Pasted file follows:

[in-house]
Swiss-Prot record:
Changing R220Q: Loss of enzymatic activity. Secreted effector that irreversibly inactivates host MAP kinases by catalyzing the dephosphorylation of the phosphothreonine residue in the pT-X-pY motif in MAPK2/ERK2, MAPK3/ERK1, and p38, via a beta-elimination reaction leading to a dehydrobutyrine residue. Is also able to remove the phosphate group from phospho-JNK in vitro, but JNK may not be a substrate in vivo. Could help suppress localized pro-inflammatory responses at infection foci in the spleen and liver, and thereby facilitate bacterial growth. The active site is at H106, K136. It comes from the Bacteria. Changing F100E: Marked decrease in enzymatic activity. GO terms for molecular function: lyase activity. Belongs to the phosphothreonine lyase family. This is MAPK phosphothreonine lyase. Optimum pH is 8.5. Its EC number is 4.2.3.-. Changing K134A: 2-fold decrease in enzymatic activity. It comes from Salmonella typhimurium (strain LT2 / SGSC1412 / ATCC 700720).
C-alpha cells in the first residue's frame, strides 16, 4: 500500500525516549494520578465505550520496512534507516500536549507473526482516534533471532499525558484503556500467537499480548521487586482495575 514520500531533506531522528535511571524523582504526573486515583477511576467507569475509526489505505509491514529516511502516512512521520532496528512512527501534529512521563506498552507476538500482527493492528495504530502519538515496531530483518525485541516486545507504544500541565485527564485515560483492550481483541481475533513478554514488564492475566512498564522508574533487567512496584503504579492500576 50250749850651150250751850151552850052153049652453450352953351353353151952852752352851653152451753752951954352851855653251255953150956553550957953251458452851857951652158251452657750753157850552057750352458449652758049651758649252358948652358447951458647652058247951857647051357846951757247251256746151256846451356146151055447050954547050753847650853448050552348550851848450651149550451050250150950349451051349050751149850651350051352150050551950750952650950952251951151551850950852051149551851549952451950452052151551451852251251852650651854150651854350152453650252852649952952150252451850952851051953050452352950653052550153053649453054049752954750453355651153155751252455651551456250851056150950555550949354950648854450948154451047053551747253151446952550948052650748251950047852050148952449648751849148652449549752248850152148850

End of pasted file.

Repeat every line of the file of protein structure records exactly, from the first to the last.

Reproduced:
[in-house]
Swiss-Prot record:
Changing R220Q: Loss of enzymatic activity. Secreted effector that irreversibly inactivates host MAP kinases by catalyzing the dephosphorylation of the phosphothreonine residue in the pT-X-pY motif in MAPK2/ERK2, MAPK3/ERK1, and p38, via a beta-elimination reaction leading to a dehydrobutyrine residue. Is also able to remove the phosphate group from phospho-JNK in vitro, but JNK may not be a substrate in vivo. Could help suppress localized pro-inflammatory responses at infection foci in the spleen and liver, and thereby facilitate bacterial growth. The active site is at H106, K136. It comes from the Bacteria. Changing F100E: Marked decrease in enzymatic activity. GO terms for molecular function: lyase activity. Belongs to the phosphothreonine lyase family. This is MAPK phosphothreonine lyase. Optimum pH is 8.5. Its EC number is 4.2.3.-. Changing K134A: 2-fold decrease in enzymatic activity. It comes from Salmonella typhimurium (strain LT2 / SGSC1412 / ATCC 700720).
C-alpha cells in the first residue's frame, strides 16, 4: 500500500525516549494520578465505550520496512534507516500536549507473526482516534533471532499525558484503556500467537499480548521487586482495575 514520500531533506531522528535511571524523582504526573486515583477511576467507569475509526489505505509491514529516511502516512512521520532496528512512527501534529512521563506498552507476538500482527493492528495504530502519538515496531530483518525485541516486545507504544500541565485527564485515560483492550481483541481475533513478554514488564492475566512498564522508574533487567512496584503504579492500576 50250749850651150250751850151552850052153049652453450352953351353353151952852752352851653152451753752951954352851855653251255953150956553550957953251458452851857951652158251452657750753157850552057750352458449652758049651758649252358948652358447951458647652058247951857647051357846951757247251256746151256846451356146151055447050954547050753847650853448050552348550851848450651149550451050250150950349451051349050751149850651350051352150050551950750952650950952251951151551850950852051149551851549952451950452052151551451852251251852650651854150651854350152453650252852649952952150252451850952851051953050452352950653052550153053649453054049752954750453355651153155751252455651551456250851056150950555550949354950648854450948154451047053551747253151446952550948052650748251950047852050148952449648751849148652449549752248850152148850